Quantcast
Latest Stories

Tipsters get P22-M cash bounty, get how-to-spend tips

By

It pays to be a snitch for the military, which on Wednesday turned over P22 million to 10 informers for leading authorities to 12 high-value Abu Sayyaf members and communist leaders.

They even received tips on what to do with their multimillion-peso reward.

The awarding ceremony at the Intelligence Service of the Armed Forces of the Philippines (Isafp) in Camp Aguinaldo got a dash of humor from Maj. Gen. Francisco Cruz, who put the informers at ease by joking with them on how they could use their money.

“You can now buy a bag,” Cruz told one informer when the latter’s worn-out bag burst open after he placed bundles of money.

The AFP deputy chief of staff for intelligence teased another informer, who was wearing a pair of slippers, that he could now get a pedicure.

Hooded jackets, masks

Cruz also told another informant that he could now start courting a girl, pointing to one of the female reporters covering the event. The informant gamely walked to one of the reporters and shook her hand.

Any girl in the room, or anyone for that matter, did not get a glimpse of how the informants looked like.

They wore hooded jackets and covered their faces with dark shades and masks to conceal their identities. They each carried old backpacks where they placed their money.

Cruz and Maj. Gen. Rolando Tenefrancia, head of the AFP Civil Relations Service (CRS) office, personally handed over the money to the informers.

They each carried old backpacks where they placed their money.

Call it hard-earned money, because of the risks involved in tipping off authorities on the whereabouts of the men on the wanted list of the country’s security forces.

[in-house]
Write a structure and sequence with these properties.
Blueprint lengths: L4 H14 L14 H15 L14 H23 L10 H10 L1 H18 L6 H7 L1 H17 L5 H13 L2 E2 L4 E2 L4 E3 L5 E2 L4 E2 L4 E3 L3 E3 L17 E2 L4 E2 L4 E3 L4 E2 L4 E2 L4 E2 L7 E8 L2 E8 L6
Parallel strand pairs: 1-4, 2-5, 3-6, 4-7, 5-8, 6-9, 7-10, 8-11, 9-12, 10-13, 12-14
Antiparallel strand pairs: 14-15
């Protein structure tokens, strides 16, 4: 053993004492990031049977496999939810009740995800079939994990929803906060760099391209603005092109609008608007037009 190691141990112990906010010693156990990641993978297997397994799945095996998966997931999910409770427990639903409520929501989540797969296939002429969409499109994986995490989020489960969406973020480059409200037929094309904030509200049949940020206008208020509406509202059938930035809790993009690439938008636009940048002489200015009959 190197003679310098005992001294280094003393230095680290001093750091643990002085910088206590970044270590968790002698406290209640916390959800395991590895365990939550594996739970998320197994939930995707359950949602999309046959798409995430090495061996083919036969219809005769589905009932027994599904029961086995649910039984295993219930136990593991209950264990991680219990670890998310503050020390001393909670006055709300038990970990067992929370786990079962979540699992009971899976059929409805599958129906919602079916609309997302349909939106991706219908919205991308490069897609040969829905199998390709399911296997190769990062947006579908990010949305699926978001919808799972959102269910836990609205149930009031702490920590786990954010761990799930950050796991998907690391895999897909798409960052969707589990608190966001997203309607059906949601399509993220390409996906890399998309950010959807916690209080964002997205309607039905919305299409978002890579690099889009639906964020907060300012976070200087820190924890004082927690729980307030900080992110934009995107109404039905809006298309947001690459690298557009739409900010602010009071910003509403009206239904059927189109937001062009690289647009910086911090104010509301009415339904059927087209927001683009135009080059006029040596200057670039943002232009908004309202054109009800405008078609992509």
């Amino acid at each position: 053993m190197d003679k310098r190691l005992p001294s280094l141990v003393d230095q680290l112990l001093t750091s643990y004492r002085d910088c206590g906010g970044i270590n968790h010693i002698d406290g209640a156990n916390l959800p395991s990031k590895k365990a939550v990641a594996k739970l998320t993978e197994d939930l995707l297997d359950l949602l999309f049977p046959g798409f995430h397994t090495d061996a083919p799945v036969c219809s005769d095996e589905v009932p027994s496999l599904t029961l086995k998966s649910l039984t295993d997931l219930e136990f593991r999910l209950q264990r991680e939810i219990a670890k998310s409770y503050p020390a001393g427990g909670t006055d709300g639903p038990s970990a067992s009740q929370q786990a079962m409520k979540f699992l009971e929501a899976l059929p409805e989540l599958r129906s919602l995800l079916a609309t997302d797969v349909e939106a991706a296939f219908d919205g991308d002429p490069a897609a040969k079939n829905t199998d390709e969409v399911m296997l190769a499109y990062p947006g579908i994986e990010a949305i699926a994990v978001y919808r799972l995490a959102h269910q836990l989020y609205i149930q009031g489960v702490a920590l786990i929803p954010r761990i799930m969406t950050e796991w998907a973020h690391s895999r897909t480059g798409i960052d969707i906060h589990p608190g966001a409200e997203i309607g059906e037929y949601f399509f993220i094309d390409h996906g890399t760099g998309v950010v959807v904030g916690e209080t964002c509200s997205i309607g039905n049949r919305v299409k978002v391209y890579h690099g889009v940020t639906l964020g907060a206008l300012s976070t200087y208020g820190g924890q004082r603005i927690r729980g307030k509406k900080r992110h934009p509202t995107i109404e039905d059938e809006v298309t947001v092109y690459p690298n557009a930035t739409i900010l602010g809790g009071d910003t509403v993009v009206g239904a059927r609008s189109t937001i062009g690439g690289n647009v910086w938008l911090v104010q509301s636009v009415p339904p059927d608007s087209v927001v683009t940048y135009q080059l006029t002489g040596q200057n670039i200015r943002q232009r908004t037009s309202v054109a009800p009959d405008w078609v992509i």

One of the eight informers, who received their reward money, gave information on three members of the Abu Sayyaf Group (ASG) with a bounty of P350,000 on each head, earning for himself a little over P1 million.

Dr. Abu, Alan Jazmines

The biggest reward money was P7.4 million for the “neutralization” of ASG leader Ghumbahali Jumdail alias Dr. Abu who was killed in an air strike in Sulu earlier this year.

It was followed by the P5.6-million reward money for the arrest of alleged communist leader Alan Jazmines, alias Tomas or Arthur. Jazmines was captured in Baliuag, Bulacan province, on Feb. 14 last year.

ASG subleader Suhud Tanadjalin had a P3.3-million bounty on his head; ASG key member Usman Said, P1.2 million; and ASG members Imbo Bayani, Harun Jaljalis, Assan/Bin Laden, Burrong Rasul, Rommel Abbas and Samsudin Musa, P350,000 each.

Alleged communist leaders Robertson Anchez and Edgardo Sevilla each carried a P1.2-million bounty on their heads.

The government began offering reward money to tipsters who could lead the military and police to ASG leaders in 2001, followed by the reward system for communist insurgents in 2002.

P50 million yearly

Cruz said the reward money comes from the Office of the President, which allocates P50 million every year  for the program.

He said offering bounty to informers was an effective tool to assist state security forces in getting wanted criminals.

“These informers are the ones who realize that there’s really no purpose for terrorism or insurgency, and they don’t want violence in their communities anymore,” Cruz told reporters.

The informers often go back to their communities.

Cruz said the informers were properly briefed by authorities about their safety.


Follow Us

Follow us on Facebook Follow on Twitter Follow on Twitter


Recent Stories:

Complete stories on our Digital Edition newsstand for tablets, netbooks and mobile phones; 14-issue free trial. About to step out? Get breaking alerts on your mobile.phone. Text ON INQ BREAKING to 4467, for Globe, Smart and Sun subscribers in the Philippines.

Tags: abu sayyaf , Government , Isafp , Military




Copyright © 2014, .
To subscribe to the Philippine Daily Inquirer newspaper in the Philippines, call +63 2 896-6000 for Metro Manila and Metro Cebu or email your subscription request here.